Innovators in Online Learning: Growing a Successful Virtual School Program

October 16, 2017 in K12, Innovator Interviews

 

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gina.pngGina Jones has been with the Prince William County Virtual High School program since it's inception in 2001. She has served as an instructor, course developer and administrative coordinator since 2003. Her role with the VHS@PWCS has evolved to include oversight of 45 instructors, development and refresh of 26 courses and liaison with schools and central office staff. Gina has served on local and national committees related to the growth of online and blended learning and has been with Prince William County Schools since 1998.

In this interview, Gina updates us on the progress at the Virtual High School at Prince William County Schools (VHS@PWCS), from how the course offerings have grown, to addressing personalized learning and the implementation of their virtual classroom.

We last spoke with VHS@PWCS about their curriculum development effort in summer, 2013. This interview is an update on their progress during the past few years...

SoftChalk: How would you describe the Virtual High School and what you do?

Gina Jones: The VHS@PWCS is a division-based supplemental program offering 26 full credit courses in three semester length sessions. Students are paired with a highly-qualified instructor and offered courses that are fully aligned with local and state curriculum standards. We typically create all course content in-house, using SoftChalk, and other tools and work closely with the curriculum office to ensure quality and rigor.

SoftChalk: Since your Innovators Webinar in 2013, how many online Master Courses do you offer now and approximately how many students are enrolled?

Gina Jones: We started with 1 math and 1 English course. Now, we have 26 courses that include math, science, social studies, HPE, business, language arts and world languages and an annual enrollment of about 1,800.

SoftChalk: You created online and blended courses in an effort to offer more options for on-time graduation—what challenges did you face when implementing this program? What were some of your successes?

Gina Jones: Challenges include development delays with SMEs (Subject Matter Experts) that are adjunct with limited time and issues with funding for development and student enrollment.  Maintaining master courses was a challenge because edits would need to be changed across multiple course sections.  This was solved by using SoftChalk Cloud—which enabled us to have one SME in charge of the course content while distributing the course copy/sections to multiple teachers.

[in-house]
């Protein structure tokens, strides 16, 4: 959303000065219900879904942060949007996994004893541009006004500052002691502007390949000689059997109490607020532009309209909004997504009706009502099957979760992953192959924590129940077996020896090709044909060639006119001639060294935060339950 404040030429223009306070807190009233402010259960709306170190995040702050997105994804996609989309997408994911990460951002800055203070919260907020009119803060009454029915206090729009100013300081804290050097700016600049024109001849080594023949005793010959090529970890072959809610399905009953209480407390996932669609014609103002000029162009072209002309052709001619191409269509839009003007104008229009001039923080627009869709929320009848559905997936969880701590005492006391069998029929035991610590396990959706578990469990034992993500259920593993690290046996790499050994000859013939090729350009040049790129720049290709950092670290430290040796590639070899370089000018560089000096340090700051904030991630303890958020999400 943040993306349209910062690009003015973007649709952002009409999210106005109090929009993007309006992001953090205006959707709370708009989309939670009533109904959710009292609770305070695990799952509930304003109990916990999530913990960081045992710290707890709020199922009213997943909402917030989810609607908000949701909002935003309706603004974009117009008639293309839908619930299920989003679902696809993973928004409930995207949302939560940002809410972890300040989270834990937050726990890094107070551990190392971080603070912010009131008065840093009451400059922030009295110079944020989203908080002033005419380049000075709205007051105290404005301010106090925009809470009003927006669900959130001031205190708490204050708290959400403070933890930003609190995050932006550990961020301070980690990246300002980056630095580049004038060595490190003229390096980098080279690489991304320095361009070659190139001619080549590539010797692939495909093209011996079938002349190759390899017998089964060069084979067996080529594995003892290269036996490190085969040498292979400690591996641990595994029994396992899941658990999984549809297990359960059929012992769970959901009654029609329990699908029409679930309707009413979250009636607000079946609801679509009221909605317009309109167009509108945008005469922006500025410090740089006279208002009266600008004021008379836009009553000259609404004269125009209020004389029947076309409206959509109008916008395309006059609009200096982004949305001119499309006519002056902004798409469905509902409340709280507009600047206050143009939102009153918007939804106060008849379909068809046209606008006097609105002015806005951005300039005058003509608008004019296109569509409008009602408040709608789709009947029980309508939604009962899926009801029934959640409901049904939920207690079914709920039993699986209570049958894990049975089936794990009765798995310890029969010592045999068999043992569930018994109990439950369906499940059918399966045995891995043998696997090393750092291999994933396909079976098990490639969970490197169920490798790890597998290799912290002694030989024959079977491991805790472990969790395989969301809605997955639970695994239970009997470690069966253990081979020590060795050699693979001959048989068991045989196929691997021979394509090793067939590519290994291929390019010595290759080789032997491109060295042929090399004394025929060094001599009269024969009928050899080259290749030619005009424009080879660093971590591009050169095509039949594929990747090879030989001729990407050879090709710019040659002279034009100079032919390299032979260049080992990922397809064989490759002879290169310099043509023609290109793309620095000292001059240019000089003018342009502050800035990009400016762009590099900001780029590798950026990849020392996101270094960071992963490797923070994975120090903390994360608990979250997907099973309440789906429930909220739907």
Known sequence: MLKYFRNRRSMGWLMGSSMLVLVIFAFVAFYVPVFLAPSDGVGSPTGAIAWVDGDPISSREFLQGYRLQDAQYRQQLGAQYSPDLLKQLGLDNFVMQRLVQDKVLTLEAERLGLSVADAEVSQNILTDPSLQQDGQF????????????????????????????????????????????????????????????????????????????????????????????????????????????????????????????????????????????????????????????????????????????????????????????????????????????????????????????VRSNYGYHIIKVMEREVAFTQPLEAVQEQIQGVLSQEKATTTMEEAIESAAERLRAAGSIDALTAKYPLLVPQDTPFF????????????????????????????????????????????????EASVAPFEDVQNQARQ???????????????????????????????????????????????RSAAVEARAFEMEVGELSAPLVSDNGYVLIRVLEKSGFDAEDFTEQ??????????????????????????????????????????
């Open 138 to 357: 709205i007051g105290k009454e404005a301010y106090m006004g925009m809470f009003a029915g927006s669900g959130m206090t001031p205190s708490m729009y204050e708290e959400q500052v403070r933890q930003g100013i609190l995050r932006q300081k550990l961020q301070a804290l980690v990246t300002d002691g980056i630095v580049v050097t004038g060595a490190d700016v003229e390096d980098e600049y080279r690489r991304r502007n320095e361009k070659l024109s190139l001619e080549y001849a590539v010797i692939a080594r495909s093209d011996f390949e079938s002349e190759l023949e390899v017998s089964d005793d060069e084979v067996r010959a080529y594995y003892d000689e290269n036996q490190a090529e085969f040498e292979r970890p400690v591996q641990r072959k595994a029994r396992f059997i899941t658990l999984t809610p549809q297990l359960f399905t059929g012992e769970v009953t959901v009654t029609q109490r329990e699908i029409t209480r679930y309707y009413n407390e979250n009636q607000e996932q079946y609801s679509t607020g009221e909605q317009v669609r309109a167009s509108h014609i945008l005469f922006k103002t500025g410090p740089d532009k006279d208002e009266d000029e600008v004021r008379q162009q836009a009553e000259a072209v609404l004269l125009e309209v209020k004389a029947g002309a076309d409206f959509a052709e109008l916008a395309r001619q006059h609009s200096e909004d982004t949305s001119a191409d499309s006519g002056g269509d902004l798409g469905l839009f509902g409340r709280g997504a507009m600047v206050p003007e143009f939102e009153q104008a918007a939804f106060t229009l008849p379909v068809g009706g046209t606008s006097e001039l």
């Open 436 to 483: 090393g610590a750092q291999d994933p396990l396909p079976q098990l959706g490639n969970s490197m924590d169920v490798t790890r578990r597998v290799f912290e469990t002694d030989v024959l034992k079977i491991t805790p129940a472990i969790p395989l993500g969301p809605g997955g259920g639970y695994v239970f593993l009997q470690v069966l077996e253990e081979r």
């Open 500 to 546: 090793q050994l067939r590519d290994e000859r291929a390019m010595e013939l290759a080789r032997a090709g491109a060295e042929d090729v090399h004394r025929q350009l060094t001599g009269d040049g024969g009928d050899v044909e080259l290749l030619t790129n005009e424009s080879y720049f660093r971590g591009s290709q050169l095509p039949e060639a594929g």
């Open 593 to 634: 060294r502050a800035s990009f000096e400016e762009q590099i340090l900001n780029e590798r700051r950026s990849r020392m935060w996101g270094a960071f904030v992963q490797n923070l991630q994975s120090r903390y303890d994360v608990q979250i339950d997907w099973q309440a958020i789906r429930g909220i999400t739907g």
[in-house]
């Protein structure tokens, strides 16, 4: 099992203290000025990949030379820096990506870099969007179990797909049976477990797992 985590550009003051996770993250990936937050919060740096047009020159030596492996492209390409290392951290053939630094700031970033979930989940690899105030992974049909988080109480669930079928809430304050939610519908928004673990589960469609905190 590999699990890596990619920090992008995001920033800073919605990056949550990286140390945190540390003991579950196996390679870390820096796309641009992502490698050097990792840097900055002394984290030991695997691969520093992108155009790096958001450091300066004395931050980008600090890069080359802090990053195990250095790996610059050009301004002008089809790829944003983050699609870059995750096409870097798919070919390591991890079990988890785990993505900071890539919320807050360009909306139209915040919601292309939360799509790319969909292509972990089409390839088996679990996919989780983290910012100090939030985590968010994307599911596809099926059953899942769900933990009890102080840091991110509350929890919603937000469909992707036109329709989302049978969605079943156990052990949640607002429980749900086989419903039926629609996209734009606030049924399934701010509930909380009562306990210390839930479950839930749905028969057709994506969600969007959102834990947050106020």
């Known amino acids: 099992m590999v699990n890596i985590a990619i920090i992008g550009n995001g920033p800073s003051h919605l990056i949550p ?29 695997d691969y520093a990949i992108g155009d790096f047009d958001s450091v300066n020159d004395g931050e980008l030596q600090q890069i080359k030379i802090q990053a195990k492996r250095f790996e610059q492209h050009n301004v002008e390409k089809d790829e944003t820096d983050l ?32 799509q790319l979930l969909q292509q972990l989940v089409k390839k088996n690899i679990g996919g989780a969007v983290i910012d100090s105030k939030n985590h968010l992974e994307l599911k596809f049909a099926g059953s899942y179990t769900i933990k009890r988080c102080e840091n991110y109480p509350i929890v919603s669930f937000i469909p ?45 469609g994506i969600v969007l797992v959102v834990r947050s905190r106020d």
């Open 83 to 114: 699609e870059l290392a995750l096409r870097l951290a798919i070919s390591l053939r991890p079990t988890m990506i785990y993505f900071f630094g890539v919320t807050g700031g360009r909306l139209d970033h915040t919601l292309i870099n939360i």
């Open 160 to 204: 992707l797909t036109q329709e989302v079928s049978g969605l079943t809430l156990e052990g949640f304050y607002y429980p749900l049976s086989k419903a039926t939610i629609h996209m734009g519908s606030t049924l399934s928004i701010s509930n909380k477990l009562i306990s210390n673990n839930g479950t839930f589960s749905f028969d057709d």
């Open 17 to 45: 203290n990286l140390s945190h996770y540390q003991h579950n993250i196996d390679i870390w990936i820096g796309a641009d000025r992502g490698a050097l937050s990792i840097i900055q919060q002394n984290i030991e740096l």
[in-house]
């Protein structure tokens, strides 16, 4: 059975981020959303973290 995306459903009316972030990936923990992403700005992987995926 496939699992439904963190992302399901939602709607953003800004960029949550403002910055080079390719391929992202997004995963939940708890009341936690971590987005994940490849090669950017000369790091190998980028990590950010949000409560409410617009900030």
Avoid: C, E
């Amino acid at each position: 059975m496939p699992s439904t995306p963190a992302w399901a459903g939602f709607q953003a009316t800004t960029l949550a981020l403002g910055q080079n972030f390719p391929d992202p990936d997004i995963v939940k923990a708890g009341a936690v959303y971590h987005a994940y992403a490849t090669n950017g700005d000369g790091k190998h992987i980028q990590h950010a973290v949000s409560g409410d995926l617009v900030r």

Successes include the growth of world language courses, school partnerships to reduce overcrowding, and expansion to allow more middle school enrollment.

SoftChalk: Since implementation, how has the Virtual High School grown/changed and what have you learned from your initial challenges and successes?

Gina Jones: We have grown tremendously in both enrollment and institutional knowledge since 2001. We now better understand the intricacies of developing and maintaining content, the value of needs assessments when deciding which courses to develop and offer. We always use instructional designers, who work in SoftChalk, to ensure our courses are designed for student engagement. We have also partnered with Quality Matters to further explore design standards and accessibility and compliance requirements.

SoftChalk: How have the teachers responded to the growth in online/blended learning requirements?  

Gina Jones: The teachers are excited about the growth and our full-time pilot program. They often take what they learn in VHS and utilize it in their blended or flipped traditional classrooms.

SoftChalk: You expect teachers to teach live sessions each week and make the recordings available to students unable to attend “live” in the virtual classroom—what kind of training and technology do you make available to aid the teachers in fulfilling this expectation?

Gina Jones: Teachers are trained both in-house and by the virtual classroom vendor, YouSeeU. They also have opportunities to collaborate with each other about strategies and resources to improve attendance and engagement at live lessons.

Desire2Learn Partnered with YouSeeU to deliver integrated video capabilities within Brightspace, the LMS used by the Virtual High School at Prince William County Schools.

SoftChalk: What kind of feedback are you getting from students going through the online program or taking the online courses? How are you making changes based on feedback from students?